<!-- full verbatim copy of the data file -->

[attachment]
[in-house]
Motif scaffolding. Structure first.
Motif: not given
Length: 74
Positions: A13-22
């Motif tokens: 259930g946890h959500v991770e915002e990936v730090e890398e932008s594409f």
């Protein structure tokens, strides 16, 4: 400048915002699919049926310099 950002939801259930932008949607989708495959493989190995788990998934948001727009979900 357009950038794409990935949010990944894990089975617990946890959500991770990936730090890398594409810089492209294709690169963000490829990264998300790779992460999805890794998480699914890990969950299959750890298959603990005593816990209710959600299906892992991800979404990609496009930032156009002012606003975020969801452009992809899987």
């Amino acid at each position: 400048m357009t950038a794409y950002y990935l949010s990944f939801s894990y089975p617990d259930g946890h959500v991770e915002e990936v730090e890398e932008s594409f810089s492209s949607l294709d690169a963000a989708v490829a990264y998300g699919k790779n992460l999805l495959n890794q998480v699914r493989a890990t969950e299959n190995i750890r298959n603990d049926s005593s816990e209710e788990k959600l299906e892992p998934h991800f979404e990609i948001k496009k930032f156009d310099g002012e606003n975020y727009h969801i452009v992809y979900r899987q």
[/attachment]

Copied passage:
[in-house]
Motif scaffolding. Structure first.
Motif: not given
Length: 74
Positions: A13-22
């Motif tokens: 259930g946890h959500v991770e915002e990936v730090e890398e932008s594409f």
């Protein structure tokens, strides 16, 4: 400048915002699919049926310099 950002939801259930932008949607989708495959493989190995788990998934948001727009979900 357009950038794409990935949010990944894990089975617990946890959500991770990936730090890398594409810089492209294709690169963000490829990264998300790779992460999805890794998480699914890990969950299959750890298959603990005593816990209710959600299906892992991800979404990609496009930032156009002012606003975020969801452009992809899987």
């Amino acid at each position: 400048m357009t950038a794409y950002y990935l949010s990944f939801s894990y089975p617990d259930g946890h959500v991770e915002e990936v730090e890398e932008s594409f810089s492209s949607l294709d690169a963000a989708v490829a990264y998300g699919k790779n992460l999805l495959n890794q998480v699914r493989a890990t969950e299959n190995i750890r298959n603990d049926s005593s816990e209710e788990k959600l299906e892992p998934h991800f979404e990609i948001k496009k930032f156009d310099g002012e606003n975020y727009h969801i452009v992809y979900r899987q």